When you do not want to work with a medium that requires additional art materials like brushes, palettes and water, oil pastels are the perfect alternative. These pastels are inherently designed to have an oily texture across the paper and each shade can be easily blended. Since oil pastels are so easy to blend, artists and students use them on canvas quite often.
Here are some pointers to note while working with oil pastels
Preparation for blending
Before starting to colour, decide what your main colour is going to be. This will be the overall tonality of your painting.
Next, pick your mid-value colours. These oil pastels will be the secondary colours in your painting.
Once you have drawn an outline of what you want to colour, you will have a clearer idea of what you want to highlight in your painting. Usually, lighter colours work best when it comes to highlighting and showing the reflection of light.
Using darker tones
When using dark tones in oil pastels, the trick is to colour with dark shades first and then blend them with lighter shades by moving gradually. To blend, hold the crayon in your hand and move it in a circular motion across your paper.
When you think you have practised enough, practice more! Practice colouring with oil pastels to check how you can create an effect of fading in and out in your painting.
Experiment with applying pressure
Make sure that you get an idea of how you can leverage the richness of oil pastels by applying pressure. Try different levels of pressure to see how this looks on paper. Once you practice this, you will be better equipped to colour in your final art project.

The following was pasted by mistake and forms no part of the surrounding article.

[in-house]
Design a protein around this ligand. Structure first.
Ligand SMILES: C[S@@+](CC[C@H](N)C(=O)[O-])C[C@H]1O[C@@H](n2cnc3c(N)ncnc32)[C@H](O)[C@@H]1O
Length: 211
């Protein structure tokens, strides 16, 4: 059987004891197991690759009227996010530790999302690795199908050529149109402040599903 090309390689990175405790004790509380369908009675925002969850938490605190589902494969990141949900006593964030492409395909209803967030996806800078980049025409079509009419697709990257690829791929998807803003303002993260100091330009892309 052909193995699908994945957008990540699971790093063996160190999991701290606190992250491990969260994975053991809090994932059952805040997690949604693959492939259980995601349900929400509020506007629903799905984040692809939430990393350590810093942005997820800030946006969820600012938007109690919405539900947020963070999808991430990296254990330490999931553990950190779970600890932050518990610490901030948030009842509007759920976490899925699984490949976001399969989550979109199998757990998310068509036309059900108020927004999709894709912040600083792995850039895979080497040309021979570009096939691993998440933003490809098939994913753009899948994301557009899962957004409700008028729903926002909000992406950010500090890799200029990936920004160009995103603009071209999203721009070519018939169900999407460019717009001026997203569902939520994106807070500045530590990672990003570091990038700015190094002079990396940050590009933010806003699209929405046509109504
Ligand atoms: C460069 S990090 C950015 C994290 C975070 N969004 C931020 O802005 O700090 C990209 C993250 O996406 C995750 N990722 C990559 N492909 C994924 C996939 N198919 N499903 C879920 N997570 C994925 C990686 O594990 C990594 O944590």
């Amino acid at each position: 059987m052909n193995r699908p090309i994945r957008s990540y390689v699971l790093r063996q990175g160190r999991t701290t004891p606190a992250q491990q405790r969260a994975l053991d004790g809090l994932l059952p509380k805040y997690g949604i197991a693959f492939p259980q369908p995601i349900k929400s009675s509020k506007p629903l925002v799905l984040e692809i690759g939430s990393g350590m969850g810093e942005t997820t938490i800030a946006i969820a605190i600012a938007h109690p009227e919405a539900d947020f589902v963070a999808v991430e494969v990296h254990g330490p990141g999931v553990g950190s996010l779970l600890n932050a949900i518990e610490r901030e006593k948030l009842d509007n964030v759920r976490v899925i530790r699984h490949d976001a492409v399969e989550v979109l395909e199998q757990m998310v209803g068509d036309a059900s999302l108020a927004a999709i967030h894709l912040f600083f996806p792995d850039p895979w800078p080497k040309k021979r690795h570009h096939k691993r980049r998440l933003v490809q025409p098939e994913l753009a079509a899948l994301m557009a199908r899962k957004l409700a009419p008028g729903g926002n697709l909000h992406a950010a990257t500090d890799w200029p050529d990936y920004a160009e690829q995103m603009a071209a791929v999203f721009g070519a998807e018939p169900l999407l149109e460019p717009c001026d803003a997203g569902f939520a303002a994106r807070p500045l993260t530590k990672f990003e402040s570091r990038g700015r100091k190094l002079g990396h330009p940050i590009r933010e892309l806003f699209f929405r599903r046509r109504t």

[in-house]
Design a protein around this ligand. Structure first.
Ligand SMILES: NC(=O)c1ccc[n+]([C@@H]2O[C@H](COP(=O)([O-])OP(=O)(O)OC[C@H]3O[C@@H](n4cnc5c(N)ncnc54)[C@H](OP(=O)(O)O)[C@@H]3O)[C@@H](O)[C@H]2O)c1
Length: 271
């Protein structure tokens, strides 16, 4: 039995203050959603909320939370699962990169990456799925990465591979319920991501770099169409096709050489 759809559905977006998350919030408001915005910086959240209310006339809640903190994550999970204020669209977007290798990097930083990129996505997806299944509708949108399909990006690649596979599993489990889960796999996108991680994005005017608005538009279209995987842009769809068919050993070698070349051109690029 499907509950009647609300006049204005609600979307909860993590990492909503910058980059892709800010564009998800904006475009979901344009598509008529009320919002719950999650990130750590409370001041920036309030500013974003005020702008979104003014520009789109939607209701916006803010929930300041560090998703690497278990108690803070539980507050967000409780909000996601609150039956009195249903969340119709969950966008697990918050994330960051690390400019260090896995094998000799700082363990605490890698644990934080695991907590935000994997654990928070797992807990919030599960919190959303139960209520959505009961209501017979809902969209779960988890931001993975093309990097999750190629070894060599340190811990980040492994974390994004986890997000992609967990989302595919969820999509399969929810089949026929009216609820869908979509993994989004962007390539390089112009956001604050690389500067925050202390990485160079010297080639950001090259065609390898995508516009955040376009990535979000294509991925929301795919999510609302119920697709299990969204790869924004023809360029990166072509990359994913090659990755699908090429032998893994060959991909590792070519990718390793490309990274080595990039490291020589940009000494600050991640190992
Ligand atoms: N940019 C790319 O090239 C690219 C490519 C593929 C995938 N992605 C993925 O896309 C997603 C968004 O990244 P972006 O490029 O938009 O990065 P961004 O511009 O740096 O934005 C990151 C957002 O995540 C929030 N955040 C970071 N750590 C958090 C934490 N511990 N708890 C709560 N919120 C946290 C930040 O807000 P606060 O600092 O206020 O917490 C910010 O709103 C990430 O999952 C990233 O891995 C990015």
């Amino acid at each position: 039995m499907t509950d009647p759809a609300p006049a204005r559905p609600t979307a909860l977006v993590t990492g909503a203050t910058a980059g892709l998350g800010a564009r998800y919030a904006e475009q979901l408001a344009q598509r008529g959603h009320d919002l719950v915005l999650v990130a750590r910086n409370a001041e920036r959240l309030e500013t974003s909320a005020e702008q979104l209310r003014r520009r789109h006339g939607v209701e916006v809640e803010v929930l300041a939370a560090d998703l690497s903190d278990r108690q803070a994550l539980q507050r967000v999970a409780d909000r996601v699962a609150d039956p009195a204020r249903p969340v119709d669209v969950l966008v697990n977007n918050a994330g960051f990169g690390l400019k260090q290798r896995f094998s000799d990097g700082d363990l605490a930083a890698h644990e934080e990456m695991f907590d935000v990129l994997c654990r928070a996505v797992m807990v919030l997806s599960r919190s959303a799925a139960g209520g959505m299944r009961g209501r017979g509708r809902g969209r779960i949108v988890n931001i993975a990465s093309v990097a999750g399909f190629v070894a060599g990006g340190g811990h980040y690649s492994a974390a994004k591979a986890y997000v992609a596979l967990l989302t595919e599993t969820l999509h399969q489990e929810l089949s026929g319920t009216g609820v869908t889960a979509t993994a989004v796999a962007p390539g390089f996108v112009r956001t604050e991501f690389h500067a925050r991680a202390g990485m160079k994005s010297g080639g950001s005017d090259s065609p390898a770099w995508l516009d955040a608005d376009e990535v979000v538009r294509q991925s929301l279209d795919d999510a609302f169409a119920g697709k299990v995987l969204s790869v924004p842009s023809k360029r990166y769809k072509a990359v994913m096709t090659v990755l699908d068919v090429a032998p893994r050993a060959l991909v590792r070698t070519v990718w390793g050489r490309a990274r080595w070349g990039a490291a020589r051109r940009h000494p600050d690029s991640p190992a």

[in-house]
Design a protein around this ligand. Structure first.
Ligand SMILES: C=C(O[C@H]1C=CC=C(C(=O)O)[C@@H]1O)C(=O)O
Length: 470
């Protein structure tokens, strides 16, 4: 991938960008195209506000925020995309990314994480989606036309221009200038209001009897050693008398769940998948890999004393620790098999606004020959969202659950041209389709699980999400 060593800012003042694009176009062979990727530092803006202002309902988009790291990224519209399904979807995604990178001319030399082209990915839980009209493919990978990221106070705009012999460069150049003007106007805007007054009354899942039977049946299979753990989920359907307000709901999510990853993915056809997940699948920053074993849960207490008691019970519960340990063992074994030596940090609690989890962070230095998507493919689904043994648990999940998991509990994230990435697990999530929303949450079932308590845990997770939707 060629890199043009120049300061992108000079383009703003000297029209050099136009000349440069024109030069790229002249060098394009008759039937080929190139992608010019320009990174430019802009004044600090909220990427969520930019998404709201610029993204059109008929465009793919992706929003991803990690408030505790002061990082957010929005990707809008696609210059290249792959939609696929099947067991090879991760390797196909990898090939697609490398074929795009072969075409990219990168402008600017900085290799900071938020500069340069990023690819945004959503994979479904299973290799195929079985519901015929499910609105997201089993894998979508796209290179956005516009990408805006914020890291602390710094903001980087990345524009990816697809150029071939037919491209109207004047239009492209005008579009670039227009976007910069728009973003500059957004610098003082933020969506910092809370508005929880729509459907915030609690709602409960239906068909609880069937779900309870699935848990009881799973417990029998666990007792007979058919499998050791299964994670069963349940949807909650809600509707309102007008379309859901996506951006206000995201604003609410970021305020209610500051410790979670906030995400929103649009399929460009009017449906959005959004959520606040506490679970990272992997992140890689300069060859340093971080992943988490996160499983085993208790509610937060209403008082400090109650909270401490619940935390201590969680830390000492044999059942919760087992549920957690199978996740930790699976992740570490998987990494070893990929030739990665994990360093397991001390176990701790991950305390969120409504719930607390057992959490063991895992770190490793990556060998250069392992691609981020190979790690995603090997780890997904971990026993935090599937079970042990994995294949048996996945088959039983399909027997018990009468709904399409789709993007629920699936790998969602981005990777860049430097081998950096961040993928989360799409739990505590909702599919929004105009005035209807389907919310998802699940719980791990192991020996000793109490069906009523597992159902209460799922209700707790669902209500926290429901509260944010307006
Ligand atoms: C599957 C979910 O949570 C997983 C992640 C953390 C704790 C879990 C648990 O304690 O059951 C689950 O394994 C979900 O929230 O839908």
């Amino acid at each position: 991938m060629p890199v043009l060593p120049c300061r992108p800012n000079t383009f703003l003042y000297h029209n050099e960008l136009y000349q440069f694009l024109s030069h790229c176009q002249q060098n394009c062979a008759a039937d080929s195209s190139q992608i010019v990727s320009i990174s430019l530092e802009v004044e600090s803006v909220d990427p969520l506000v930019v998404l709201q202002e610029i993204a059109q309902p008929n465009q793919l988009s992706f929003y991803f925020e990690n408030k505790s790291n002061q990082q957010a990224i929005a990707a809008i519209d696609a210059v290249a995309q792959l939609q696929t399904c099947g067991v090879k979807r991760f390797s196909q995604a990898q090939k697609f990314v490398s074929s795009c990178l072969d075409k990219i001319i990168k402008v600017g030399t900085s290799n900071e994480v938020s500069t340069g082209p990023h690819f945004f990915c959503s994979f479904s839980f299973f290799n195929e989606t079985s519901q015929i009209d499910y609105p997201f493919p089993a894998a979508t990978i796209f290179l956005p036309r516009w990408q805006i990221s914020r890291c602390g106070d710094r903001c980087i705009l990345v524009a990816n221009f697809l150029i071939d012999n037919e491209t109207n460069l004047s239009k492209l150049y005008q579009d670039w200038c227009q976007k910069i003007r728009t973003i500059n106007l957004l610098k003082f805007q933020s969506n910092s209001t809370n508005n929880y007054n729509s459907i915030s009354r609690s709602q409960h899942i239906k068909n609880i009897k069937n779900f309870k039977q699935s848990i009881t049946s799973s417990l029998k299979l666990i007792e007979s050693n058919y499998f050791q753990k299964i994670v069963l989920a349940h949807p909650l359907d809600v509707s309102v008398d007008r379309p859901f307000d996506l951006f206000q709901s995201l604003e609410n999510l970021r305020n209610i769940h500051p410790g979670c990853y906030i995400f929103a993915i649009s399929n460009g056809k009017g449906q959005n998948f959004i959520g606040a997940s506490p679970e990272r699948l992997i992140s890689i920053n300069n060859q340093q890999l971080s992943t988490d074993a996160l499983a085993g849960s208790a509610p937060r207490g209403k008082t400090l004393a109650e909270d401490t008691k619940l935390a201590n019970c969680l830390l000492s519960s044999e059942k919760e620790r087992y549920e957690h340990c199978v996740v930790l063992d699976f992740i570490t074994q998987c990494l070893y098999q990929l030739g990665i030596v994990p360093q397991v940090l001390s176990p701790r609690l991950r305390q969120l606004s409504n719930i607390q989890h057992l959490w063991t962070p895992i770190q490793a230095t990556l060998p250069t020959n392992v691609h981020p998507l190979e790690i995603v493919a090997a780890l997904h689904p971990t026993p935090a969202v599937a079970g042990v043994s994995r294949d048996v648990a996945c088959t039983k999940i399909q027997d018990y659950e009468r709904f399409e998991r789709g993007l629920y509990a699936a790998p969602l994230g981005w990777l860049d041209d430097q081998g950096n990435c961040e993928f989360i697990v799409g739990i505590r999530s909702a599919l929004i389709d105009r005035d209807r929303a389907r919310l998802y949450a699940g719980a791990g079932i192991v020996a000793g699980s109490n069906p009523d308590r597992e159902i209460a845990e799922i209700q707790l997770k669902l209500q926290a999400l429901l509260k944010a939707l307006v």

Blending of colours
Take different combinations of oil pastels just to see how these combinations look on paper while blending them together.
Comparisons for shading
When it comes to shading, blending plays a big role in getting good results. There is a right way to bring out the blended look in your painting.
For example, the image below shows shading done using blending. The problem with this is that the image hardly shows the blending. The colours change abruptly. It shows only the darker shade more than the lighter shade, giving a very flat and unrealistic look.
Blending can help show the reflection of light or shadow, thereby adding a very realistic touch to your painting. Compare the above image with the one given below. Notice the difference in the shading. The one given below shows blending done well – mainly because the transition from the dark shade to a lighter shade is gradual, allowing it to look realistic.
You can create different textures in your painting with oil pastels by first colouring with a light shade and following this with a darker shade. Once this is done, you can scratch the top layer of the colour with the help of a palette knife or razor blade.
Working with oil pastels is fun and amazing art can be created, once you get a hang of it. To leverage the interesting quirks of oil pastels, it is important that you explore colouring with this medium and make sure you get used to using them.
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